Yale University

Does "asymptomatic" mean without symptoms for those living with HIV infection?

TitleDoes "asymptomatic" mean without symptoms for those living with HIV infection?
Publication TypeJournal Article
Year of Publication2009
AuthorsWillard, Suzanne, William L. Holzemer, Dean J. Wantland, Yvette P. Cuca, Kenn M. Kirksey, Carmen J. Portillo, Inge B. Corless, Marta Rivero-Méndez, María E. Rosa, Patrice K. Nicholas, Mary Jane Hamilton, Elizabeth Sefcik, Jeanne Kemppainen, Gladys Canaval, Linda Robinson, Shahnaz Moezzi, Sarie Human, John Arudo, Lucille Sanzero Eller, Eli Bunch, Pamela J. Dole, Christopher Coleman, Kathleen Nokes, Nancy R. Reynolds, Yun-Fang Tsai, Mary Maryland, Joachim Voss, and Teri Lindgren
JournalAIDS care
Date Published2009 Mar
KeywordsAdult, Aged, Aged, 80 and over, CD4-Positive T-Lymphocytes, Female, HIV Infections, HIV Seropositivity, Humans, Lymphocyte Count, Male, Middle Aged, Young Adult
AbstractThroughout the history of the HIV epidemic, HIV-positive patients with relatively high CD4 counts and no clinical features of opportunistic infections have been classified as "asymptomatic" by definition and treatment guidelines. This classification, however, does not take into consideration the array of symptoms that an HIV-positive person can experience long before progressing to AIDS. This short report describes two international multi-site studies conducted in 2003-2005 and 2005-2007. The results from the studies show that HIV-positive people may experience symptoms throughout the trajectory of their disease, regardless of CD4 count or classification. Providers should discuss symptoms and symptom management with their clients at all stages of the disease.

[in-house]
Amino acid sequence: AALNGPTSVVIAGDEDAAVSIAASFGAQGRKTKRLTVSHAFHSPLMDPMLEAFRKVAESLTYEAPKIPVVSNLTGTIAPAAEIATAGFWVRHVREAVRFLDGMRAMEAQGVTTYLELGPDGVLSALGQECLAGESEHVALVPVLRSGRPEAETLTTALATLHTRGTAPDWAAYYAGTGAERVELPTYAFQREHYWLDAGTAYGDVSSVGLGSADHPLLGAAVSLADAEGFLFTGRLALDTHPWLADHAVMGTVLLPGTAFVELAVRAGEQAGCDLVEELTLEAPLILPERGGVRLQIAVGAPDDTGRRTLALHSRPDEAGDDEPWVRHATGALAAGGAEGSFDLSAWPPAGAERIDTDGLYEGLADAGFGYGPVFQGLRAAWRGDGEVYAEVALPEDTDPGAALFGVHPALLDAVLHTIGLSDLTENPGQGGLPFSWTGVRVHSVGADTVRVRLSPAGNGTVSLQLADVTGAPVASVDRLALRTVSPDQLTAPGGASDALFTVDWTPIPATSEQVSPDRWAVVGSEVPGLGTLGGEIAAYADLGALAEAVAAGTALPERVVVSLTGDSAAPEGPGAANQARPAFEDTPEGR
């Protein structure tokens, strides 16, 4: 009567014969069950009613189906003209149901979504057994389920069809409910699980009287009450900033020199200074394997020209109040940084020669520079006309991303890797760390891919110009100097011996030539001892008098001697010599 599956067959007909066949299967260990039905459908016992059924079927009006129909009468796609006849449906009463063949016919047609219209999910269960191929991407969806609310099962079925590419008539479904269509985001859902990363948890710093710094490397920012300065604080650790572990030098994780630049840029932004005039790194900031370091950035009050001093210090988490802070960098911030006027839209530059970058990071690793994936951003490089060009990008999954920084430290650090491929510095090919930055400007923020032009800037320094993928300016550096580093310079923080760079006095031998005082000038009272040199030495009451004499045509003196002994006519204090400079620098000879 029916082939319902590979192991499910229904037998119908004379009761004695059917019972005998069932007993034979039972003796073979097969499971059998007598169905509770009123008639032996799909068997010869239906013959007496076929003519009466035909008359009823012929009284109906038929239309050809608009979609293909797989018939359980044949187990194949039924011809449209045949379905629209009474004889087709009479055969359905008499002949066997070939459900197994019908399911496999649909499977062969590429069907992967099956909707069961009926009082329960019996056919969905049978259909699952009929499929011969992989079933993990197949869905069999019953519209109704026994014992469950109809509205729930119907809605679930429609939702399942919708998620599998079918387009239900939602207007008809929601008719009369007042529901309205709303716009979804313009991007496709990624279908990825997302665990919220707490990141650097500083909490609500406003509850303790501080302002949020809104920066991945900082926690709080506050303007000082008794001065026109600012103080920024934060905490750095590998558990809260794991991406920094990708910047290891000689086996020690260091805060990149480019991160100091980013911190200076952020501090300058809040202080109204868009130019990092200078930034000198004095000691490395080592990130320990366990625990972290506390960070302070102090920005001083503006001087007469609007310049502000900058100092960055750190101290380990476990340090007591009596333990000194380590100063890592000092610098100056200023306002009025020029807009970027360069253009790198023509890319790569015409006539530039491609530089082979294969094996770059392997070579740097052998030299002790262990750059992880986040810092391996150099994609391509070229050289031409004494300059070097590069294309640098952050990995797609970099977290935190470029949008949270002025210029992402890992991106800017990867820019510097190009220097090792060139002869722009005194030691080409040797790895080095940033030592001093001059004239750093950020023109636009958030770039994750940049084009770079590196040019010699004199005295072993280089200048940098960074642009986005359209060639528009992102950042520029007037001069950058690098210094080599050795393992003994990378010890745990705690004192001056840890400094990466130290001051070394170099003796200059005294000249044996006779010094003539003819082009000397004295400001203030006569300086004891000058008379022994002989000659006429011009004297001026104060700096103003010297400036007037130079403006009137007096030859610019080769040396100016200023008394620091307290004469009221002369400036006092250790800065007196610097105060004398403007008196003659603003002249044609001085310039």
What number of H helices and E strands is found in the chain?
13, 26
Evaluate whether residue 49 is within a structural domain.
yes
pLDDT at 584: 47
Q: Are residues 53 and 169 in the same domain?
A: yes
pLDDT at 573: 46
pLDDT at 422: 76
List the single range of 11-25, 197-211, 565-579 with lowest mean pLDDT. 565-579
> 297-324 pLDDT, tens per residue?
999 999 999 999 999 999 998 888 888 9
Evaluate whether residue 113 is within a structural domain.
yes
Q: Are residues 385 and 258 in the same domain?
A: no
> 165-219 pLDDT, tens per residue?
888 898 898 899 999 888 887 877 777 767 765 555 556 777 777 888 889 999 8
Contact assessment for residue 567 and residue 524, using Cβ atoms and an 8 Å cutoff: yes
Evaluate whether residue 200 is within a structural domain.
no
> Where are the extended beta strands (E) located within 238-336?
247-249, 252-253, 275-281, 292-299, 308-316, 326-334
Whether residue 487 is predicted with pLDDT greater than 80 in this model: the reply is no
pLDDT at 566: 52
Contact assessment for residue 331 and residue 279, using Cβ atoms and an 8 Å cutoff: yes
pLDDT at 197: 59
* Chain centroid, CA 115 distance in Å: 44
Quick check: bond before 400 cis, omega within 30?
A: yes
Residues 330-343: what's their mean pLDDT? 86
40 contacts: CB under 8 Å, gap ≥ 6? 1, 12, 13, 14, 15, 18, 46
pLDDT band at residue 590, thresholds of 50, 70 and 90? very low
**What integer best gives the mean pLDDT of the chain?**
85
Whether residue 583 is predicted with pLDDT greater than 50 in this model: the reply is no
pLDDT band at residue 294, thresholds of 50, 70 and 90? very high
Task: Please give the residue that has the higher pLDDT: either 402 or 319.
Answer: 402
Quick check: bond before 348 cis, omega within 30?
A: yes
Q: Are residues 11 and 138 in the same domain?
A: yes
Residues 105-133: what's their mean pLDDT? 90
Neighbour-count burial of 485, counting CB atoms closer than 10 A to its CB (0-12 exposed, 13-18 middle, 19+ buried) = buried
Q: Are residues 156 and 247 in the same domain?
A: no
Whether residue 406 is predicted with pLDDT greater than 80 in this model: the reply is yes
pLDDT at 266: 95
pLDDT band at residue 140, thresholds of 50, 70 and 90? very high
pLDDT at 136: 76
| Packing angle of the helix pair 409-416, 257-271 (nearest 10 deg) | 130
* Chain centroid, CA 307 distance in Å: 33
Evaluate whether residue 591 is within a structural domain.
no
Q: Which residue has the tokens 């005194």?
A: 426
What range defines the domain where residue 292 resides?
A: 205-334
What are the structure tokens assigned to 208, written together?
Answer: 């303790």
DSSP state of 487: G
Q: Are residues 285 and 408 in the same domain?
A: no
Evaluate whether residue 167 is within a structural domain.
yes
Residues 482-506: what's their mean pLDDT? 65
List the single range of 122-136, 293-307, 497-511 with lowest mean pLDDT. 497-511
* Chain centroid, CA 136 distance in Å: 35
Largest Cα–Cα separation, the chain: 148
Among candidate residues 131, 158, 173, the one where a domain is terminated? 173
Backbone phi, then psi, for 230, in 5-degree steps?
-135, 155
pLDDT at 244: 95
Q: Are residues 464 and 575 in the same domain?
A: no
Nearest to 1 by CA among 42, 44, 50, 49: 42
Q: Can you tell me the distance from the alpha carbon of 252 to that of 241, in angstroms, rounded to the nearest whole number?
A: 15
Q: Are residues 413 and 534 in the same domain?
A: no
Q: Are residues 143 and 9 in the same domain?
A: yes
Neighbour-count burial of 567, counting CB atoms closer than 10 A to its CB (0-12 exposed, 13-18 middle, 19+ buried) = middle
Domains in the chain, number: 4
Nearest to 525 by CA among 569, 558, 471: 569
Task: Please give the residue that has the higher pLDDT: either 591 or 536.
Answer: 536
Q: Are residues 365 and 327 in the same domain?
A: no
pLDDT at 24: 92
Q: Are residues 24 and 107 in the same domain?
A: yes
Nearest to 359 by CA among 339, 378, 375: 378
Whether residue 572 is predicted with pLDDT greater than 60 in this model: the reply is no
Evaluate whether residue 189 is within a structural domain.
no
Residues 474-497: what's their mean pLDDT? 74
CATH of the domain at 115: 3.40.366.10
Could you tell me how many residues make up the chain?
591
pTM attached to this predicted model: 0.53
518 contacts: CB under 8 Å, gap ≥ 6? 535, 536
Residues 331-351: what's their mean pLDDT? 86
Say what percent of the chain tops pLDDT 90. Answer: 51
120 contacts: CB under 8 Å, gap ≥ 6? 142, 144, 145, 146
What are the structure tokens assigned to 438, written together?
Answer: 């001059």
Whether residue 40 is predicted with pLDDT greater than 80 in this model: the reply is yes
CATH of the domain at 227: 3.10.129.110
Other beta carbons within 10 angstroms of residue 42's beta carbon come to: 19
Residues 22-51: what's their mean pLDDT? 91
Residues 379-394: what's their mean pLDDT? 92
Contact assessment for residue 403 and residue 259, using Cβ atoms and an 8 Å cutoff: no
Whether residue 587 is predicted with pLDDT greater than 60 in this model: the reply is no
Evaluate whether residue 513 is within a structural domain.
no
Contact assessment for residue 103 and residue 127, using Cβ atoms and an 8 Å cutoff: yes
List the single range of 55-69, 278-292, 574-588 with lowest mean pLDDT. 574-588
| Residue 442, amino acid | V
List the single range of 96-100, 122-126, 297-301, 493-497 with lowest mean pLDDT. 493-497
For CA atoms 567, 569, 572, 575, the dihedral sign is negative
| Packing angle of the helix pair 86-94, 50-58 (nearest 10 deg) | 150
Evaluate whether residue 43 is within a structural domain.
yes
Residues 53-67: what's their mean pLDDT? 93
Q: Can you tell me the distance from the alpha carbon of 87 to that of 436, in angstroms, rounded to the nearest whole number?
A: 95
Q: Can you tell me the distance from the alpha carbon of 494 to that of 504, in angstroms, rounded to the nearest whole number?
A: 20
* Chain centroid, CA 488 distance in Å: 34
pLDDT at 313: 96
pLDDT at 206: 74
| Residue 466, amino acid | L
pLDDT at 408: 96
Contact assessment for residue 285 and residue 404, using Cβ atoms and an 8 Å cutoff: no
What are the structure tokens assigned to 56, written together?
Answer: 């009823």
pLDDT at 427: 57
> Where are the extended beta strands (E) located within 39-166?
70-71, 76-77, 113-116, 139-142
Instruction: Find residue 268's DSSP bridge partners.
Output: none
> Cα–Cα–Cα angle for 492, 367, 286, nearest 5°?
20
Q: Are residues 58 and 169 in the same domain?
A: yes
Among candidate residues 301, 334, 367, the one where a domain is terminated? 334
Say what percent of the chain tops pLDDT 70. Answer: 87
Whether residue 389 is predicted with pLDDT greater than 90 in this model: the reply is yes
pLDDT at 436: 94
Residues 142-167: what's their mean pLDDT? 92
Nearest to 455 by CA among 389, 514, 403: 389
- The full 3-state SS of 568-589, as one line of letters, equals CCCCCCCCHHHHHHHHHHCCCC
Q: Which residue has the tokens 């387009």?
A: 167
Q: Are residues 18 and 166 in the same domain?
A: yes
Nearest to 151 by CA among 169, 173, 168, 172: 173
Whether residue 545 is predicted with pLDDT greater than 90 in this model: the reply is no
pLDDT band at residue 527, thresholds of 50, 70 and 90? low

Alternate JournalAIDS Care

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